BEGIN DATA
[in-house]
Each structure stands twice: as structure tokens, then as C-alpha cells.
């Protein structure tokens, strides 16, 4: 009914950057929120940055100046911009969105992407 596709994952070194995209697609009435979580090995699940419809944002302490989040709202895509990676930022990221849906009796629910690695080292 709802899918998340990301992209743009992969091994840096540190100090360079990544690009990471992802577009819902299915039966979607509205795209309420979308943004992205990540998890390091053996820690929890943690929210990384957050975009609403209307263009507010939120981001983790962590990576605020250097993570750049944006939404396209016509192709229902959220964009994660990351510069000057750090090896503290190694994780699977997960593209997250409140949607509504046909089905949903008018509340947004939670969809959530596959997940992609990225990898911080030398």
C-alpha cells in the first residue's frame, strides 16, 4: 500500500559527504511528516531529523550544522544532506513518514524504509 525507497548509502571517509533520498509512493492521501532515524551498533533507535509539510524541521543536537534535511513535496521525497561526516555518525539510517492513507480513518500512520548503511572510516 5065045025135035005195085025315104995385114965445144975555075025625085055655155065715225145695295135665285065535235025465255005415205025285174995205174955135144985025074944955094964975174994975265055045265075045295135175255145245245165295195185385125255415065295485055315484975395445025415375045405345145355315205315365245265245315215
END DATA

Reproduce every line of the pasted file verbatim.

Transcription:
[in-house]
Each structure stands twice: as structure tokens, then as C-alpha cells.
């Protein structure tokens, strides 16, 4: 009914950057929120940055100046911009969105992407 596709994952070194995209697609009435979580090995699940419809944002302490989040709202895509990676930022990221849906009796629910690695080292 709802899918998340990301992209743009992969091994840096540190100090360079990544690009990471992802577009819902299915039966979607509205795209309420979308943004992205990540998890390091053996820690929890943690929210990384957050975009609403209307263009507010939120981001983790962590990576605020250097993570750049944006939404396209016509192709229902959220964009994660990351510069000057750090090896503290190694994780699977997960593209997250409140949607509504046909089905949903008018509340947004939670969809959530596959997940992609990225990898911080030398």
C-alpha cells in the first residue's frame, strides 16, 4: 500500500559527504511528516531529523550544522544532506513518514524504509 525507497548509502571517509533520498509512493492521501532515524551498533533507535509539510524541521543536537534535511513535496521525497561526516555518525539510517492513507480513518500512520548503511572510516 5065045025135035005195085025315104995385114965445144975555075025625085055655155065715225145695295135665285065535235025465255005415205025285174995205174955135144985025074944955094964975174994975265055045265075045295135175255145245245165295195185385125255415065295485055315484975395445025415375045405345145355315205315365245265245315215